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Deutsches Institut für Japanstudien

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Deutsches Institut für Japanstudien
Jochi Kioizaka Bldg. 2F
7-1 Kioicho, Chiyoda-ku
Tokyo 102-0094, Japan

03 – 3222 5077
03 – 3222 5420


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The DIJ History and Humanities Study Group is a forum open to scholars working on Japan in any field of the humanities. It is organized by Barbara Geilhorn and Isaac Gagné.

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Writing (in) Iwate: Exploring a Local Literary Scene and its Fiction

February 28, 2019 / 6:30 P.M.

Tamara Kamerer, University of Vienna

The literary scene in Japan has one strong focal point: Tokyo. From the early 20th century onwards, publishers gathered in the capital, attracting those who aspired to be professional writers from all over the country. Still today, more than 76 percent of all Japanese publishing houses are located in Tokyo according to a recent report of the Japan Book Publishers Association. However, the situation for writers in other regions of Japan seems to have changed significantly as my research on literature in the prefecture of Iwate shows: While my study began with the question whether there was any local literary production in present-day Iwate at all, an on-site exploration yielded that a considerable literary scene actually does exist. Yet, this local literature is mostly overlooked by academia and media. To change this and draw attention to the literary production of Iwate, I dedicated my dissertation to the question what the local literary scene in Iwate and its literature look like.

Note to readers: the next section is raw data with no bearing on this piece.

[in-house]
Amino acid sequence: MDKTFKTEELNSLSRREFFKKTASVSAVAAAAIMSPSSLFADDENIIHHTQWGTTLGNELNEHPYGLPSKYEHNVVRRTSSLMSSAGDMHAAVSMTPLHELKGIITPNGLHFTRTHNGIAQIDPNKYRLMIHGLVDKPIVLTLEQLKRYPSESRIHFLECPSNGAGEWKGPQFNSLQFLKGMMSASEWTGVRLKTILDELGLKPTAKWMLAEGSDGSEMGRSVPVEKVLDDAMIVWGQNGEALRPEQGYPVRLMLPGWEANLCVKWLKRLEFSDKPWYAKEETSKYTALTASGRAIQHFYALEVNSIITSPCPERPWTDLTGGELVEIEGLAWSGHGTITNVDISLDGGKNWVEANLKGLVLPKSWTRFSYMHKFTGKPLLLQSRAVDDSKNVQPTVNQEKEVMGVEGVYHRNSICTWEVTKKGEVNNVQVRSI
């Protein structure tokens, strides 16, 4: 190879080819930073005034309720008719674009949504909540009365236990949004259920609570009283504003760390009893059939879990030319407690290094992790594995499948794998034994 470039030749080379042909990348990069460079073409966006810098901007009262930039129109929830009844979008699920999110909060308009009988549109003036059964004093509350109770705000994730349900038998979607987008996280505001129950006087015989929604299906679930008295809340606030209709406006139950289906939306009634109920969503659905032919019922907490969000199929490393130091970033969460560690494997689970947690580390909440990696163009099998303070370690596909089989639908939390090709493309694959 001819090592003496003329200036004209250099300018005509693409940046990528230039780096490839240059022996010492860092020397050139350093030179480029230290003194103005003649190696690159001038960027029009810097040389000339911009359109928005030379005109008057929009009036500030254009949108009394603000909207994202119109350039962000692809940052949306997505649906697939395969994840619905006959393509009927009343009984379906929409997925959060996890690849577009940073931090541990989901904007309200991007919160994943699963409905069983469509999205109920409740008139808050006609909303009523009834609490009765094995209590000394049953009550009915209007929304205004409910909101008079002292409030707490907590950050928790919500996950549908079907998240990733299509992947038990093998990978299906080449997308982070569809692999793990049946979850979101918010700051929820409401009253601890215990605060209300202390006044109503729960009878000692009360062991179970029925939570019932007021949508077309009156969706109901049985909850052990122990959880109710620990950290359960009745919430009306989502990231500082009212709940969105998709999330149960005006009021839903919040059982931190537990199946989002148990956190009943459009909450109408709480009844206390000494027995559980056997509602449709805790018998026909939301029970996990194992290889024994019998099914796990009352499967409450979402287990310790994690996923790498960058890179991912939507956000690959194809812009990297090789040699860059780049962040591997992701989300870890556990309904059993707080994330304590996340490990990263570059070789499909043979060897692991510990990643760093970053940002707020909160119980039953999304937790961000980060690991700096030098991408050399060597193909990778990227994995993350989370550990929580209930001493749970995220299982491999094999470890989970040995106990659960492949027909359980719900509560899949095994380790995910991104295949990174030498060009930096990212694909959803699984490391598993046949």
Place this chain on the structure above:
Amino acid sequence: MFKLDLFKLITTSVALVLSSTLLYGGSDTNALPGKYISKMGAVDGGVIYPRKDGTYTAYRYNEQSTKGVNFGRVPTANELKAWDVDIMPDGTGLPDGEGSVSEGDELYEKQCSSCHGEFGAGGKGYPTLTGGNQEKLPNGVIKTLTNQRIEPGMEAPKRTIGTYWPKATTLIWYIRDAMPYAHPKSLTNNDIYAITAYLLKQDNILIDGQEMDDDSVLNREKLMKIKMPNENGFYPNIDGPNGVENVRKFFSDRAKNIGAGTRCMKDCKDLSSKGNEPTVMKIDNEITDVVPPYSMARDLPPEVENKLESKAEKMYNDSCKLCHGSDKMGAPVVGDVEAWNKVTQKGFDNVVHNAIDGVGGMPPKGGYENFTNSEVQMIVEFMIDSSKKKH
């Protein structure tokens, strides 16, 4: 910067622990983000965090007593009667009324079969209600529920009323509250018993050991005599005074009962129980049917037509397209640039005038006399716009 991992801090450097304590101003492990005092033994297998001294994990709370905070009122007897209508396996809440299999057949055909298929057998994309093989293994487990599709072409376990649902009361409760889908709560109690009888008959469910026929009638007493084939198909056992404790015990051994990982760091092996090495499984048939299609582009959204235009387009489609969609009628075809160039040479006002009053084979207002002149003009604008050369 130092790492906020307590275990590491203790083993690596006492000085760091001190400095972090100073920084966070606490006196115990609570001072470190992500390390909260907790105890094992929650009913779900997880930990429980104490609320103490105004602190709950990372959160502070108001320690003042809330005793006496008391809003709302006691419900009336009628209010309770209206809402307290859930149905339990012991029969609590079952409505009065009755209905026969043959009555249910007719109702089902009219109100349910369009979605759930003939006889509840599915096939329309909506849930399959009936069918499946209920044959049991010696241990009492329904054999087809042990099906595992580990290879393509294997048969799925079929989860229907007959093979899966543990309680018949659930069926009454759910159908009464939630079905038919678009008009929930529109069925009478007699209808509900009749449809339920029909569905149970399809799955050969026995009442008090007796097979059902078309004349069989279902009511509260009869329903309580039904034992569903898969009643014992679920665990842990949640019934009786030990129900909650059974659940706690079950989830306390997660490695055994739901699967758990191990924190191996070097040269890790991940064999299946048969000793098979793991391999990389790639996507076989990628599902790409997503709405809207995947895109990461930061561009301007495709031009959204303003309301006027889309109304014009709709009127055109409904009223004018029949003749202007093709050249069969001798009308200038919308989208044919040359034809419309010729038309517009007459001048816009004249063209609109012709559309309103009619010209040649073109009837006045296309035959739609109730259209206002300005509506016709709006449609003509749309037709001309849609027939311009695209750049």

In the presentation the focus will be put on the literary magazine Kita no bungaku [Literature of the North], which I identified as one of the key institutions supporting literature in Iwate. Founded in the 1950s and, after a break of 25 years, continued in 1980, the magazine has been published bi-annually for over thirty years since then. An analysis of this journal can demonstrate how the relationship of local literature vis-à-vis the national scene has developed, but also how the local scene creates its own spaces of literary production. As examples from my analysis will show, some fiction in Kita no bungaku discuss contemporary social issues in Japan and offer de-centered perspectives on life in Iwate, which resist plain stereotypes that mark the prefecture as remote and backward periphery.

Tamara Kamerer studied Japanese Studies and German as a Foreign Language in Vienna, Leiden, Halle/Saale and Tokyo (Hosei University). Her fields of interest include Japanese literature, especially ‘regional’ literature, and popular culture as well as Post-Colonial Studies and Gender Studies. Currently, she teaches undergraduate level courses at the University of Vienna and writes her dissertation.